The next step is to create the default form registration on the child folder that will tell exchange to display the ASP page for any requests made for the parent folder in OWA.
The last step is then to upload the asp page to the child folder.

That’s it if you receive a 403 error when you try and view the folder in OWA make sure you have set scripting rights in Exchange System Manager (the rights should also be reflected in IIS admin). From a security point of view you should consider building a com object and using a COM+ wrapper if you where going to use this in production.

I’ve put a downloadable copy of the code from this post here the Form itself looks like

<%
Set oForm = Server.CreateObject("WSS.Form")
dim sysinfo
dim oUser
Set sysinfo = CreateObject("ADSystemInfo")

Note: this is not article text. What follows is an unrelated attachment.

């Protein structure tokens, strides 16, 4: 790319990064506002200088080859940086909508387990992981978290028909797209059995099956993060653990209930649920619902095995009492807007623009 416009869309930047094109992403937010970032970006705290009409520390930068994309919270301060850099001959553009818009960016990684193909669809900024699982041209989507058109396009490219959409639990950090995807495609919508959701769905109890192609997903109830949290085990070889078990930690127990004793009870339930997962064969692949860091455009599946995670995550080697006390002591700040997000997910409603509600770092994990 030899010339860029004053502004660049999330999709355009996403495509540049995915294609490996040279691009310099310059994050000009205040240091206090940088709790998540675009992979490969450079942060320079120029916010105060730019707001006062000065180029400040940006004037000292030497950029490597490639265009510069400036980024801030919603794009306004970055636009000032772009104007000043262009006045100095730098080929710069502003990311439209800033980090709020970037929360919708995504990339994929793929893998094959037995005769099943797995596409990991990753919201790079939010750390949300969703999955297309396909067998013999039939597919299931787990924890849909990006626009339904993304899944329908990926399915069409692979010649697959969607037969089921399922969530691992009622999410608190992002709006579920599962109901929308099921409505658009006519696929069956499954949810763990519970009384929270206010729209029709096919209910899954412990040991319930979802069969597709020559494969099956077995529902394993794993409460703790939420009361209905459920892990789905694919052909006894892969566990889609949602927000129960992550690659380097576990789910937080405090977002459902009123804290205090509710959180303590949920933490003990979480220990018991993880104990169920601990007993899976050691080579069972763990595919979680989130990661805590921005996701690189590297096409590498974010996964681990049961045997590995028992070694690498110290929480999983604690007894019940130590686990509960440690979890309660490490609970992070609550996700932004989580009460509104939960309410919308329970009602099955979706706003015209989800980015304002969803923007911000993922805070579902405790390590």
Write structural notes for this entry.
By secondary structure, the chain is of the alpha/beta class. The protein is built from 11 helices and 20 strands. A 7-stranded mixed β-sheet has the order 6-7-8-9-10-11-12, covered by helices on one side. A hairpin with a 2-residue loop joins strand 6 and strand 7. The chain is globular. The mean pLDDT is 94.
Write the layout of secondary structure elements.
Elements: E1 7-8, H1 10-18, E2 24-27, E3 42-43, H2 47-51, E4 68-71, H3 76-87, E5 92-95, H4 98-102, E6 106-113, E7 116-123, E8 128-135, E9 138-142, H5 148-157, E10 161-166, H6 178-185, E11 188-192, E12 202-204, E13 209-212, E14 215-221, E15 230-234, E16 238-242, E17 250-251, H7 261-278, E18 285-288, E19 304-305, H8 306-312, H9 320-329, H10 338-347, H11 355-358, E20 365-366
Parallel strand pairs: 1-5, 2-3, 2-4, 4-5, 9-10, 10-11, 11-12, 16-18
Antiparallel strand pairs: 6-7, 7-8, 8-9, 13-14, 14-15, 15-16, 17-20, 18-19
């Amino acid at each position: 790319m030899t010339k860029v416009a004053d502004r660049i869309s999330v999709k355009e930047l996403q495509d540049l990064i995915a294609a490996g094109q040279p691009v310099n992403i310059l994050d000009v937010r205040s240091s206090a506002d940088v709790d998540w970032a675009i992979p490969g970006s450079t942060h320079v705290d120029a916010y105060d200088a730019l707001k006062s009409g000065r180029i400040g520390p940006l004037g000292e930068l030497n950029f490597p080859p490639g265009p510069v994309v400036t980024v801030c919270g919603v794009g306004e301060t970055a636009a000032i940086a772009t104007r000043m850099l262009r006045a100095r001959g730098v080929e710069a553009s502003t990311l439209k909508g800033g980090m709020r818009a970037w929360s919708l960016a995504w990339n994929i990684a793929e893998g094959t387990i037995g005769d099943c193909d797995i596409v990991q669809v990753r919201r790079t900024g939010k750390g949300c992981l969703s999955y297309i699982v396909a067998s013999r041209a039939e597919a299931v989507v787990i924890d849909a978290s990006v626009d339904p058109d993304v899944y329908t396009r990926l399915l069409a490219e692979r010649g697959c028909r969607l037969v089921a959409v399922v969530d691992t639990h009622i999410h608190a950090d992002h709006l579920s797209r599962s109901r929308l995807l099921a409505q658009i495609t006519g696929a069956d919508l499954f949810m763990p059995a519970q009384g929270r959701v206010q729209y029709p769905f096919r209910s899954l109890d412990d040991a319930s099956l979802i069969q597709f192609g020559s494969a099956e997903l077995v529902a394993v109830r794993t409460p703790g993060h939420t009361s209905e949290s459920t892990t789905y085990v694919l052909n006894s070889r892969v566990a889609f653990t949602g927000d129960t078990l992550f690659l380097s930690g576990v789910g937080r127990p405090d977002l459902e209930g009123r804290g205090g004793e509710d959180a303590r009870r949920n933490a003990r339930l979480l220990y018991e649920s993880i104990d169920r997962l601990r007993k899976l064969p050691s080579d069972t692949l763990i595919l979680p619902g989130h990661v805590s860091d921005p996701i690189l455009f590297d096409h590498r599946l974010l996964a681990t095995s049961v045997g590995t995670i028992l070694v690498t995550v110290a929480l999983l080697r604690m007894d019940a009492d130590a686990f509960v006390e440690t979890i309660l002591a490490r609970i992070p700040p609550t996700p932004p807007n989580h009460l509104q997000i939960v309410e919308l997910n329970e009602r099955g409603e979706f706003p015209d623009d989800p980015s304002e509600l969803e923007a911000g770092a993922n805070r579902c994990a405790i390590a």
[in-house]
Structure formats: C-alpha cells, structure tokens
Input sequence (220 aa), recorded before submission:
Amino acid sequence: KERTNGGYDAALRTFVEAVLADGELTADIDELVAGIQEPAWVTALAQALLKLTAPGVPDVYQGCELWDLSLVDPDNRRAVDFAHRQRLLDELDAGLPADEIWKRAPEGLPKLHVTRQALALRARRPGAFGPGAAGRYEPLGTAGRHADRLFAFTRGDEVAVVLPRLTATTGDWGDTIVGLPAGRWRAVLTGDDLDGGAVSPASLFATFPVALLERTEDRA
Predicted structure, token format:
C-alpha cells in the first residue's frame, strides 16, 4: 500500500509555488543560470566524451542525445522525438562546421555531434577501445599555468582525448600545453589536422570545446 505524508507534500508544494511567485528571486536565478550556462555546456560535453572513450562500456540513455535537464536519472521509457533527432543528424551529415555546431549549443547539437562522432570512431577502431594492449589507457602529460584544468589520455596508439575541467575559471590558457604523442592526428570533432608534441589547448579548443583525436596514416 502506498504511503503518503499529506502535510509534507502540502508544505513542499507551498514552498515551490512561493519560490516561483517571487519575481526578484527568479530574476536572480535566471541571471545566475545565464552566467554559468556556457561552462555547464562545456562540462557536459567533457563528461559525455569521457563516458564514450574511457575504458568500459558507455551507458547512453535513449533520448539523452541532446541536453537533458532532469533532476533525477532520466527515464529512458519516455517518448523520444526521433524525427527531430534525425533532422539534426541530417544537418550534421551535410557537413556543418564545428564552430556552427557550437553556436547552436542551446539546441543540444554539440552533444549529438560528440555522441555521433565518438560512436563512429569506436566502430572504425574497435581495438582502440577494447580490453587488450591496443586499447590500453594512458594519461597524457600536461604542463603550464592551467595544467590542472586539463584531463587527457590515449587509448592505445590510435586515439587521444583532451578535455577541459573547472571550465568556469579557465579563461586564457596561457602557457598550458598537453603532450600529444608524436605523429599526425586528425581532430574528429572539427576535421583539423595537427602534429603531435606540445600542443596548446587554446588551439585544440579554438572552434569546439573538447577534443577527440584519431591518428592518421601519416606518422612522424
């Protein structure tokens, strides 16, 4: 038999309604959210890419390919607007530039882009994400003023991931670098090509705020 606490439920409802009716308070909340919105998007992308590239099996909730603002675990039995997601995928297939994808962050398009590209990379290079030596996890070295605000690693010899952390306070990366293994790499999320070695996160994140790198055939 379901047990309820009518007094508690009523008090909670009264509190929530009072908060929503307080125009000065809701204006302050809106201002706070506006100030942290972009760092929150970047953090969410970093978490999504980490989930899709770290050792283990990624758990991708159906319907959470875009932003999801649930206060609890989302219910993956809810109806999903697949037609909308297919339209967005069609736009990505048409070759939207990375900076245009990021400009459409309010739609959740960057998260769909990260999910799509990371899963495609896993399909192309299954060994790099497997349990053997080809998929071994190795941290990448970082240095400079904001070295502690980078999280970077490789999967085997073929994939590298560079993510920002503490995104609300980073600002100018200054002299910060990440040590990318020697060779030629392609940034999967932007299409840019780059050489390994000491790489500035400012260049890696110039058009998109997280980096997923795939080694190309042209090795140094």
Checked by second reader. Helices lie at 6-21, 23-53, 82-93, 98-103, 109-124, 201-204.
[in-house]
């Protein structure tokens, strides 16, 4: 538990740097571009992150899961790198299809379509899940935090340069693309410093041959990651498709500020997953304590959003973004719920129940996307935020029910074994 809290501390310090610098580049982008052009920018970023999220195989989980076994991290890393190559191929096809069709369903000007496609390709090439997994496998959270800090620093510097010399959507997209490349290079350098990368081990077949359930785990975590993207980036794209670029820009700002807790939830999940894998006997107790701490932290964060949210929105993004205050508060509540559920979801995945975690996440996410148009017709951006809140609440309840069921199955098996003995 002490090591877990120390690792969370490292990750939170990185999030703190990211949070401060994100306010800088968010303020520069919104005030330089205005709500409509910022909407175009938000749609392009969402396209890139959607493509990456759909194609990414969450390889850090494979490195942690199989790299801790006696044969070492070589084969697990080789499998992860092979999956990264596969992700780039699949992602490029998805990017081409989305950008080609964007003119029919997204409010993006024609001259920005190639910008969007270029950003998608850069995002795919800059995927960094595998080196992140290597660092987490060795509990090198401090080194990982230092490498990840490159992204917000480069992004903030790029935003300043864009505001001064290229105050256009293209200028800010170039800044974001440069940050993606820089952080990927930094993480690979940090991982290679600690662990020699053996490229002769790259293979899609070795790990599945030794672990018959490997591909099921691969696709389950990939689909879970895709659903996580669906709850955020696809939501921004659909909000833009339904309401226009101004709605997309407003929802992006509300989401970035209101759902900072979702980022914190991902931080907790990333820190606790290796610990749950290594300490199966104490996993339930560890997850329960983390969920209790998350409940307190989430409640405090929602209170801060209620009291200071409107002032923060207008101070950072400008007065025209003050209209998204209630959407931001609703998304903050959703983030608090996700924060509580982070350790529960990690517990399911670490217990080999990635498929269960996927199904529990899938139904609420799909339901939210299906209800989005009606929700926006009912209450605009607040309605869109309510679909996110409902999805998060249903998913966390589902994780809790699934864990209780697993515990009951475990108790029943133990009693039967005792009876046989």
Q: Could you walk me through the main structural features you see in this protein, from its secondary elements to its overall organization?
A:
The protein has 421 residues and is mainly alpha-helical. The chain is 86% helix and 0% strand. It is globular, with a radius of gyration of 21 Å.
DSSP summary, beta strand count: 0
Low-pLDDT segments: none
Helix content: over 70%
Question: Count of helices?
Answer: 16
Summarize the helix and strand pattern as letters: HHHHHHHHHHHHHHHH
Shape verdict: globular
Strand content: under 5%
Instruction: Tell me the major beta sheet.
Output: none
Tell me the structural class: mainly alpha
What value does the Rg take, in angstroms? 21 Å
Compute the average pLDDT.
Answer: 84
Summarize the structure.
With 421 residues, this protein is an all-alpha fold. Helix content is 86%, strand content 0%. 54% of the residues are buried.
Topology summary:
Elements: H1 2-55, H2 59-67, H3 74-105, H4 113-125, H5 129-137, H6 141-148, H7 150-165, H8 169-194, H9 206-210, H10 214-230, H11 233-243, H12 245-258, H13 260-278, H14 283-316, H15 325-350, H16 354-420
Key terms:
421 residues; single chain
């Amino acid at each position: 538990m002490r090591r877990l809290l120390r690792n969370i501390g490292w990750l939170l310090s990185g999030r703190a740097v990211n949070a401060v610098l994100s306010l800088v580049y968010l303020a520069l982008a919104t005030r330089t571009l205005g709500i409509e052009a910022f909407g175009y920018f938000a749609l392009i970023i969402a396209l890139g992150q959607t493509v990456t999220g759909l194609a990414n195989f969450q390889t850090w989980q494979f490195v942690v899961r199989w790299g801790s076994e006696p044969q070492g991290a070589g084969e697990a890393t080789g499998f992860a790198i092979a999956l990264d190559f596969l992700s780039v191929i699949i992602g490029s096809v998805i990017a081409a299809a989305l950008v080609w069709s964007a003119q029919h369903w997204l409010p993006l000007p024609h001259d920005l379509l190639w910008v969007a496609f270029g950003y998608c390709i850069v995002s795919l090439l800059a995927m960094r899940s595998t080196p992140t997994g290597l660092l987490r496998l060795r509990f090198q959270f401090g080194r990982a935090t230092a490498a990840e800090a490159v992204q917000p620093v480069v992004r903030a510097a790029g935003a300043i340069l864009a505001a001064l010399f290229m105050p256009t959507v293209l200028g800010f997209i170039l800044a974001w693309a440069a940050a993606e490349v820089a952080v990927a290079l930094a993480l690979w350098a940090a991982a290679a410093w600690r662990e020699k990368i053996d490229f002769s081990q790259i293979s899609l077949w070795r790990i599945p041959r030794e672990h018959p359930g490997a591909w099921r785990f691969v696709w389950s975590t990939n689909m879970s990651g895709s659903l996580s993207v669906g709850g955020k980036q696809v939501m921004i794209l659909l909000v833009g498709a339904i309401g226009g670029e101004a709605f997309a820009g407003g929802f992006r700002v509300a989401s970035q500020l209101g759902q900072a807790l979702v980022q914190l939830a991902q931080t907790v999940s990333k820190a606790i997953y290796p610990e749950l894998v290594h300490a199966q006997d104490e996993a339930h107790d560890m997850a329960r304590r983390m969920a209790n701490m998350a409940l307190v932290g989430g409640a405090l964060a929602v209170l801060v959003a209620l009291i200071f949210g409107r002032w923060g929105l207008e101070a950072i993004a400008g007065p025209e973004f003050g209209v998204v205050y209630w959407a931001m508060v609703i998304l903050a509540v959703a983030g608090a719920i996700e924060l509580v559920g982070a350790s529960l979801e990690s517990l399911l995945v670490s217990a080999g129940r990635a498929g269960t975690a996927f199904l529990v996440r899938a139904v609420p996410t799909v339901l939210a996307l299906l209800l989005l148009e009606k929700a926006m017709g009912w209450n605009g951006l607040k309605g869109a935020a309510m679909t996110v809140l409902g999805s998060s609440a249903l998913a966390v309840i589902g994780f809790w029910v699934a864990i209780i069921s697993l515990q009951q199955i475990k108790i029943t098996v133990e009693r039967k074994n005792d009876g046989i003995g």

set Dirobj = GetObject("LDAP:")
Set oUser = Dirobj.OpenDSObject("LDAP://DCservername/"& sysinfo.UserName,
"domain\user", "password", 0)
If Request.ServerVariables("REQUEST_METHOD") = "GET" Then
oForm.fields("FName").value = oUser.GivenName
oForm.fields("LName").value = oUser.sn
oForm.fields("Bphone").value = oUser.TelephoneNumber
oForm.fields("Mphone").value = oUser.mobile
oForm.fields("Hphone").value = oUser.homephone
oForm.fields.update
oForm.Render
else
If Request.ServerVariables("REQUEST_METHOD") = "POST" Then
if oForm.Fields("FName").Value = "" then
oForm.Elements("FName").ErrorString = "<span style=""COLOR:red"">First Name
Required<span>"
oForm.Render
elseif oForm.Fields("LName").Value = "" then
oForm.Elements("LName").ErrorString = "<span style=""COLOR:red"">Last Name
Required<span>"
oForm.Render
else
oUser.GivenName = oForm.Fields("FName").Value
oUser.sn = oForm.Fields("LName").Value
oUser.TelephoneNumber = oForm.Fields("BPhone").Value
if oForm.Fields("BPhone").Value = "" then